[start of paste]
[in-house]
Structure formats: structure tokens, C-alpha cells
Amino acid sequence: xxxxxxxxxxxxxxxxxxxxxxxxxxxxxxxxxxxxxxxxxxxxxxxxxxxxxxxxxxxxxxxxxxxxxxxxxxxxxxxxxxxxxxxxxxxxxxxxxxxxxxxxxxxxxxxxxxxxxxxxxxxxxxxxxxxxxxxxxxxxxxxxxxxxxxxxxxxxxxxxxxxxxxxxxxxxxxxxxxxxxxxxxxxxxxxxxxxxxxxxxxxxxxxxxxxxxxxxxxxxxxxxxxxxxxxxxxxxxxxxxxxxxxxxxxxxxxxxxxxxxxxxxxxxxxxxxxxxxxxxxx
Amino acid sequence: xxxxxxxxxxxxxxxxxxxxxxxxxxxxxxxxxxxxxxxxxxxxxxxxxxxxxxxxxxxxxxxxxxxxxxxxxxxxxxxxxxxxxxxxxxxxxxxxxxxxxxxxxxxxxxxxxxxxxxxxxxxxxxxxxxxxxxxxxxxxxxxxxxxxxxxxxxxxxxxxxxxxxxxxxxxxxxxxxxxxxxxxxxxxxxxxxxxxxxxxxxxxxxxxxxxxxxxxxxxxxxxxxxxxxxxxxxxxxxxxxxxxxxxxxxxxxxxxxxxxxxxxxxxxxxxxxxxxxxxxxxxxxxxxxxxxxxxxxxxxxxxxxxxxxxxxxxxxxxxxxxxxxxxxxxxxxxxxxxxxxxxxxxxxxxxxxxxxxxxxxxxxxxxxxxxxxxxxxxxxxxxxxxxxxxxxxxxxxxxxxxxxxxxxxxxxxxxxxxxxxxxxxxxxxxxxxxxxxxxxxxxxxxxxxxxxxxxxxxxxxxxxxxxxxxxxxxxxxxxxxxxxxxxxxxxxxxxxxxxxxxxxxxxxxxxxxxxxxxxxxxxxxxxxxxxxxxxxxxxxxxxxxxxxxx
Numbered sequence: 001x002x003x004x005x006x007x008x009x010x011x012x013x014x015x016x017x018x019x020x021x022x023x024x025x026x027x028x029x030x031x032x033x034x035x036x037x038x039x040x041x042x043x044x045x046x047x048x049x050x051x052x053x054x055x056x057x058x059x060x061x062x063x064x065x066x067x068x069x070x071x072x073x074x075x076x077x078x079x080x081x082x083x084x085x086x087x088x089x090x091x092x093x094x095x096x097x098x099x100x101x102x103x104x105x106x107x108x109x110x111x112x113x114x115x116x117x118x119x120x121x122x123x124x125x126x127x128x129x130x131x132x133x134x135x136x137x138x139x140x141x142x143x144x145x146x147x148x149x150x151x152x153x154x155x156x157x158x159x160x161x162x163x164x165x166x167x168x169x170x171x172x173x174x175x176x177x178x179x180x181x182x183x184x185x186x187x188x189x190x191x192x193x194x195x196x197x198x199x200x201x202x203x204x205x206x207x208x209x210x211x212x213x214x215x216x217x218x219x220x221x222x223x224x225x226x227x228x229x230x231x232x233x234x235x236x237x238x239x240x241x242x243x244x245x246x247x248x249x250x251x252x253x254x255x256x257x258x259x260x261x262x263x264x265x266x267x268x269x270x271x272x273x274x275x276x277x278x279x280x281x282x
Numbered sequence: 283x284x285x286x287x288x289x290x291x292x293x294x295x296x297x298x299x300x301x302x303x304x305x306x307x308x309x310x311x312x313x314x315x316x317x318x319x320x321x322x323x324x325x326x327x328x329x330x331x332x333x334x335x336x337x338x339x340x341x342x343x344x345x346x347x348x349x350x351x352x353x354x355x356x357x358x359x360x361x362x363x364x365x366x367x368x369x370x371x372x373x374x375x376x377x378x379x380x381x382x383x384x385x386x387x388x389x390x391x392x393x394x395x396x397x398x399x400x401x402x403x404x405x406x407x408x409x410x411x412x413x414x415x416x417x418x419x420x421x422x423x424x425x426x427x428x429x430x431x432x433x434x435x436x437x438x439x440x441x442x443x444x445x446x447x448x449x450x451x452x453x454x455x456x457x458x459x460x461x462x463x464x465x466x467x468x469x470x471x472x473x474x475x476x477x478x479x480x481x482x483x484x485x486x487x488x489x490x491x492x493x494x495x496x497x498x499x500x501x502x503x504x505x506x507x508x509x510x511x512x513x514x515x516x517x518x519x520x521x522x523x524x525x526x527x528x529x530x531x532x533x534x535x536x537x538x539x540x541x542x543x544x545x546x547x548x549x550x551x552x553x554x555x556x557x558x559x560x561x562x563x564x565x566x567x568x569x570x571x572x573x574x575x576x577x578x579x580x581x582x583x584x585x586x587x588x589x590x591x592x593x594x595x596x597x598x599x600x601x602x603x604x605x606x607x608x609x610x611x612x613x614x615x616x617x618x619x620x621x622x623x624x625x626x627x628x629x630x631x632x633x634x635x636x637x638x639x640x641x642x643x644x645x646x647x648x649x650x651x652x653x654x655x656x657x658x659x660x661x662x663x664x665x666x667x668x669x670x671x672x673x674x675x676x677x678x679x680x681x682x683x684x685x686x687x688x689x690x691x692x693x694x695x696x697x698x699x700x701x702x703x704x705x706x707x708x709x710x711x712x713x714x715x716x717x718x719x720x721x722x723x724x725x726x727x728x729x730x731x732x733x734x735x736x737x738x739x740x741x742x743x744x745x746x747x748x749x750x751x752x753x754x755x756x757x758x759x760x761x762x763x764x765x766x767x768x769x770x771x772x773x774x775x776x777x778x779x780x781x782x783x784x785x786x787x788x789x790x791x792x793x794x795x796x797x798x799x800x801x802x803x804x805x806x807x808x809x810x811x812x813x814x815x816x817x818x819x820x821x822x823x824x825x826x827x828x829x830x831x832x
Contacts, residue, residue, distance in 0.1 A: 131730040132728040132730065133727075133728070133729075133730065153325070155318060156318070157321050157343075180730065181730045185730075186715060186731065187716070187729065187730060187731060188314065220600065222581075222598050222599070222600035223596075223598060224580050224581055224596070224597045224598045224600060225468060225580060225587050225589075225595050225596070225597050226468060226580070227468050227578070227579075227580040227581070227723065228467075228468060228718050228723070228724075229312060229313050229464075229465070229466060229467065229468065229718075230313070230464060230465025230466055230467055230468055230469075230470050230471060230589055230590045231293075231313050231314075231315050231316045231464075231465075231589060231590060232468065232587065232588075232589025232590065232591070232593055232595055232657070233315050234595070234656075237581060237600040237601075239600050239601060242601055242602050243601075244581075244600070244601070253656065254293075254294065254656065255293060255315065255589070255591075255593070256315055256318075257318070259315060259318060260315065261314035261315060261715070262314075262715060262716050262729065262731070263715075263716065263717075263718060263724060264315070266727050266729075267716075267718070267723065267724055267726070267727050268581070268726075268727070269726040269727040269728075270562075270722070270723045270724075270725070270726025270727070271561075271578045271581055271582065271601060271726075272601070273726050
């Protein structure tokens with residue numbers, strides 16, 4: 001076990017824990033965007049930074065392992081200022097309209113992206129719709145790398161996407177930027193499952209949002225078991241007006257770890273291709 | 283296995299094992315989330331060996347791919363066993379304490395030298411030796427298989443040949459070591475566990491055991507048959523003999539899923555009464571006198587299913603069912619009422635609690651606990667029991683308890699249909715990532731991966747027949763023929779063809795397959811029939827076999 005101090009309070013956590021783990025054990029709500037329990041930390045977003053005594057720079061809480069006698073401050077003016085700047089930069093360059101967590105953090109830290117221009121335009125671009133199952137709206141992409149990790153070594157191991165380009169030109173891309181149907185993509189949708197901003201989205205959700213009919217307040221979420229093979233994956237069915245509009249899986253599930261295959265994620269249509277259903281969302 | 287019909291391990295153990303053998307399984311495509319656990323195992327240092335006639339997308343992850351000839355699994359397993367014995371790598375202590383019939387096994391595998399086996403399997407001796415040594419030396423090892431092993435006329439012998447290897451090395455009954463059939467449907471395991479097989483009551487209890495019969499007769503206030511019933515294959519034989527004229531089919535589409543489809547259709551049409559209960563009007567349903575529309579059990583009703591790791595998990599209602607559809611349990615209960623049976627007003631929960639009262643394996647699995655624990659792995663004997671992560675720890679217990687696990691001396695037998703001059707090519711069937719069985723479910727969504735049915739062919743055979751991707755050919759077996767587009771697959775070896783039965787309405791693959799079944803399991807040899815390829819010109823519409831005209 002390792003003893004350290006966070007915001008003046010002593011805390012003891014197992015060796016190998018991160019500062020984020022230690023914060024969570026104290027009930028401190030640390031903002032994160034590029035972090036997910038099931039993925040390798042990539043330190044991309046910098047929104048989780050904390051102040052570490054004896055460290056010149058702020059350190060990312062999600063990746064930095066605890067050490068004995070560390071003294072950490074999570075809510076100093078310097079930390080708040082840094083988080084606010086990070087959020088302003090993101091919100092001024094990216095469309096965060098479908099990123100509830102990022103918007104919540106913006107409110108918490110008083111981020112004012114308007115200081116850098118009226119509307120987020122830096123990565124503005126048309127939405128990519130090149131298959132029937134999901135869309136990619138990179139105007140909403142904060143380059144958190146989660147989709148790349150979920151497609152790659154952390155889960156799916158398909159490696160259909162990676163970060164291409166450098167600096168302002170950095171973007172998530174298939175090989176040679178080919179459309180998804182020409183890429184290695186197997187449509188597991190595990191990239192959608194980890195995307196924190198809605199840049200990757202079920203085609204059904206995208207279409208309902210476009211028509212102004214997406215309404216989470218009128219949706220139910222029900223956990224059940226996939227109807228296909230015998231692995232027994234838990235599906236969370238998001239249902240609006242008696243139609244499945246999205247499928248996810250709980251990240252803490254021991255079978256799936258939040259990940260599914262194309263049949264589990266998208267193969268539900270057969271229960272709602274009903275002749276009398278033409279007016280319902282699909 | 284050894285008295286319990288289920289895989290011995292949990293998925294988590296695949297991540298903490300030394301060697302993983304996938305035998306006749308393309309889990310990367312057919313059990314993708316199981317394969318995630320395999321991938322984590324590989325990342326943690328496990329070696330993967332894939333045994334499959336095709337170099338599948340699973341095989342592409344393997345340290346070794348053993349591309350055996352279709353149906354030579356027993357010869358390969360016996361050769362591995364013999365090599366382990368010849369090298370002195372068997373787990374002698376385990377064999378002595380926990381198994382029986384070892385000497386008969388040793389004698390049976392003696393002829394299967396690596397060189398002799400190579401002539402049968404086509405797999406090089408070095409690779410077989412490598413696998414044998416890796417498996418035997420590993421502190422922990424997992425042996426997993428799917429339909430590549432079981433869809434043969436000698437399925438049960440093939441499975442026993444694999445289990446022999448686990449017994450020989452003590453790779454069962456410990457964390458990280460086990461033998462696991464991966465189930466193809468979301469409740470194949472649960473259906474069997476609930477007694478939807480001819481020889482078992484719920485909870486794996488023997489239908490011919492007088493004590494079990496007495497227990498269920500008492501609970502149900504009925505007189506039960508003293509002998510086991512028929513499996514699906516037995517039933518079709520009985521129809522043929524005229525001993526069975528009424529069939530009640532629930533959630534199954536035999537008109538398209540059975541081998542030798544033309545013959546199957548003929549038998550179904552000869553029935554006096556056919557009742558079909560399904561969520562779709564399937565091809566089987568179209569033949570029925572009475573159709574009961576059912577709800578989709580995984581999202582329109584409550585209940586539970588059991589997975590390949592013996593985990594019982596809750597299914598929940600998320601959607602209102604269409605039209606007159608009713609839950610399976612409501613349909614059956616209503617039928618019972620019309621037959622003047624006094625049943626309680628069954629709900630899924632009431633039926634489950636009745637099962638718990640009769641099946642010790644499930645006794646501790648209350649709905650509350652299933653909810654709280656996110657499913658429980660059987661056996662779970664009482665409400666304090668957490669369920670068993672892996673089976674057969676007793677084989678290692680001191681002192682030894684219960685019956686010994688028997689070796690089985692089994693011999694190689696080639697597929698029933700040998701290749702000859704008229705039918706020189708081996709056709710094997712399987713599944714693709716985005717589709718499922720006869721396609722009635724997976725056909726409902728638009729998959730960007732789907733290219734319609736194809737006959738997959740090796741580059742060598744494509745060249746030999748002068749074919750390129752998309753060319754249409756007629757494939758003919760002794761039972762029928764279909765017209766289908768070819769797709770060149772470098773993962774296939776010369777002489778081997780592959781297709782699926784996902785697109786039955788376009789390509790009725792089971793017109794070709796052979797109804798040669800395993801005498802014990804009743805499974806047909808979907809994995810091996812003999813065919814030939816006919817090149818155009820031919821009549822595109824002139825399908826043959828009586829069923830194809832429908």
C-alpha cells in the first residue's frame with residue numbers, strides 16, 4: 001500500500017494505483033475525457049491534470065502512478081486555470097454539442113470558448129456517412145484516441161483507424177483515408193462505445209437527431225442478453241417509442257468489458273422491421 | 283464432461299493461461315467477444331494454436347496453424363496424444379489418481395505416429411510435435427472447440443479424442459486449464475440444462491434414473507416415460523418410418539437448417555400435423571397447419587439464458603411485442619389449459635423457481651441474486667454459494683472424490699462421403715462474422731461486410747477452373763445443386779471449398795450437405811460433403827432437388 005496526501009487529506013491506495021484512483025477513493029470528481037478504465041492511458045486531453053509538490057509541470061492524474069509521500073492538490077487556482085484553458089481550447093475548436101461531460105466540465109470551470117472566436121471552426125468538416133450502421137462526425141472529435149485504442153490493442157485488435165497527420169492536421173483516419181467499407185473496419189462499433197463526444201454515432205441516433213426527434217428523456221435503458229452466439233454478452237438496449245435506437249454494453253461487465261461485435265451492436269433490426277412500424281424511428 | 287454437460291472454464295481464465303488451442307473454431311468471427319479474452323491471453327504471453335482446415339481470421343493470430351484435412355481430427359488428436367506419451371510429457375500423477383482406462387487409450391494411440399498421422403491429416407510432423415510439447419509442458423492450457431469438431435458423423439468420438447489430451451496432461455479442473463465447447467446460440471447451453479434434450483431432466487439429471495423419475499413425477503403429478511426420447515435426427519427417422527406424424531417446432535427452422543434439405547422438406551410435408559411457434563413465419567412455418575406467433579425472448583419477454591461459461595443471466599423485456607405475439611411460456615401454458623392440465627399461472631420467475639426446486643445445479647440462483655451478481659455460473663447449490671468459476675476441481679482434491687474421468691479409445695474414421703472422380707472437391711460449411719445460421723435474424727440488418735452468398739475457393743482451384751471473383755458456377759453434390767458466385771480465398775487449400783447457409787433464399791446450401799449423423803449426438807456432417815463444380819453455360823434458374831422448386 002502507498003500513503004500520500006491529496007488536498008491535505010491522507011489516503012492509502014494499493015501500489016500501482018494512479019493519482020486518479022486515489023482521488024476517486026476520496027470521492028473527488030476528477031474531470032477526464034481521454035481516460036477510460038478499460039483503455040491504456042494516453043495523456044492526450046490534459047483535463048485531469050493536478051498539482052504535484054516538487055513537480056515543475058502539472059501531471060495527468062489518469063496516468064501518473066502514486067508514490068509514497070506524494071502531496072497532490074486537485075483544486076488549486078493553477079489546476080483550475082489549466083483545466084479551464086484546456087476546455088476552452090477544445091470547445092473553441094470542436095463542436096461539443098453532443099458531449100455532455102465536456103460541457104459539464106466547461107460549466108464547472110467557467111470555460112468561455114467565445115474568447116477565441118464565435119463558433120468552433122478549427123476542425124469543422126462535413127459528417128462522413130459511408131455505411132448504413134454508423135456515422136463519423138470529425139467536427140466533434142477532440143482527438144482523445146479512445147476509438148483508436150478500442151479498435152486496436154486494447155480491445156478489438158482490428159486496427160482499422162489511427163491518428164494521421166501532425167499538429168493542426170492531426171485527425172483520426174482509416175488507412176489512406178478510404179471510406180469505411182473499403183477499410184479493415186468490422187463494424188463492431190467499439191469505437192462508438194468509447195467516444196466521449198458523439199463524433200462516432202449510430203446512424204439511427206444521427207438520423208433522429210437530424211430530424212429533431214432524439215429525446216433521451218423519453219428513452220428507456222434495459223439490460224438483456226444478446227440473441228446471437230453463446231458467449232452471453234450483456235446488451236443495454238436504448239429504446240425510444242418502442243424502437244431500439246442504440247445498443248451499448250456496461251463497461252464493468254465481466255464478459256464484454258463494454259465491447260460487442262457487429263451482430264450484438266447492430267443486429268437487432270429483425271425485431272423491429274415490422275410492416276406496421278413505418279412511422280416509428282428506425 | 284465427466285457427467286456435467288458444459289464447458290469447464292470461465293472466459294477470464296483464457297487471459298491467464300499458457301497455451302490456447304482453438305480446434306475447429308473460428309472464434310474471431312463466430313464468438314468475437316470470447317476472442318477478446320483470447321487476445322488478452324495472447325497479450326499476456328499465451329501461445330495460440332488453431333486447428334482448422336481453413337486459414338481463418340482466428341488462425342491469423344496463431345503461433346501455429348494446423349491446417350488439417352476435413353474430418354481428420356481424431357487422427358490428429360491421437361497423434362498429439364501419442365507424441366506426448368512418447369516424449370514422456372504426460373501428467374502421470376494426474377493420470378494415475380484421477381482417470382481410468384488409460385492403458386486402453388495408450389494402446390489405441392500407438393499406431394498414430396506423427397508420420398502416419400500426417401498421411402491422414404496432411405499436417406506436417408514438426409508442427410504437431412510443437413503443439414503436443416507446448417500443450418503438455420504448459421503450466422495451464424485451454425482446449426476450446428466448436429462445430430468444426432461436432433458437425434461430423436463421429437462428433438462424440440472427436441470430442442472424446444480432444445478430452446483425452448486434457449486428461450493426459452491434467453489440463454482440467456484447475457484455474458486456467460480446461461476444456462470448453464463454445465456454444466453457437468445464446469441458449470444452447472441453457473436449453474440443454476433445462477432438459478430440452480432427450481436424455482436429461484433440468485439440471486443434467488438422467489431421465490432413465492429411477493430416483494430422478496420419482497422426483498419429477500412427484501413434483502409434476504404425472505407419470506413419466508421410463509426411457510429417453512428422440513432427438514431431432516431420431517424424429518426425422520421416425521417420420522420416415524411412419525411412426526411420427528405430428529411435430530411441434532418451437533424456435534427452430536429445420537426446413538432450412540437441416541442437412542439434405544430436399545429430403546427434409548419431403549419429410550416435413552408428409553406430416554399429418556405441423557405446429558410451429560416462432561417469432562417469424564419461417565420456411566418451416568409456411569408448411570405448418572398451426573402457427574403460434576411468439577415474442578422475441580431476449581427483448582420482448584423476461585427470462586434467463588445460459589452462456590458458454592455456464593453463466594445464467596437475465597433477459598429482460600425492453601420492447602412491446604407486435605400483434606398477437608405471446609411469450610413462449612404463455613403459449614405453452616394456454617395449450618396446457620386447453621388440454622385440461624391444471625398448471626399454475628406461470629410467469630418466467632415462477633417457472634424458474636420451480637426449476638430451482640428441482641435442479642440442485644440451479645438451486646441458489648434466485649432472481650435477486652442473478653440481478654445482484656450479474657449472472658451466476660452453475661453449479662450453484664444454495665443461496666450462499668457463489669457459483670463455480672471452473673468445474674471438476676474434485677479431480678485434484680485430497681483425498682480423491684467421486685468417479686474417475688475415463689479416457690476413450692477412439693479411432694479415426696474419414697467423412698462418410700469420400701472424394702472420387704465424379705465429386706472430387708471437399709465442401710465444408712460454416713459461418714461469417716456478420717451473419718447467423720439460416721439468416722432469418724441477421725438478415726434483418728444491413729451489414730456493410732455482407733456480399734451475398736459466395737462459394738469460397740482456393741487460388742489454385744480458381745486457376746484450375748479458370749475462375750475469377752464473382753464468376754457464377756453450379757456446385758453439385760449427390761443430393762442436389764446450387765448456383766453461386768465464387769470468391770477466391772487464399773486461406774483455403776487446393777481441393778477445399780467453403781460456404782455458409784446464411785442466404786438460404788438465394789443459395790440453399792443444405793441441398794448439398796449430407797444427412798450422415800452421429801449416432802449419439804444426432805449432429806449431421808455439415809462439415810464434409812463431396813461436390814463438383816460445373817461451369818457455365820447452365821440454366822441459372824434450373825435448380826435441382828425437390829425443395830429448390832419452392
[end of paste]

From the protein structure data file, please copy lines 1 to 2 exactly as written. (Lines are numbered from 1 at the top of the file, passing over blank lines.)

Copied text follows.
[in-house]
Structure formats: structure tokens, C-alpha cells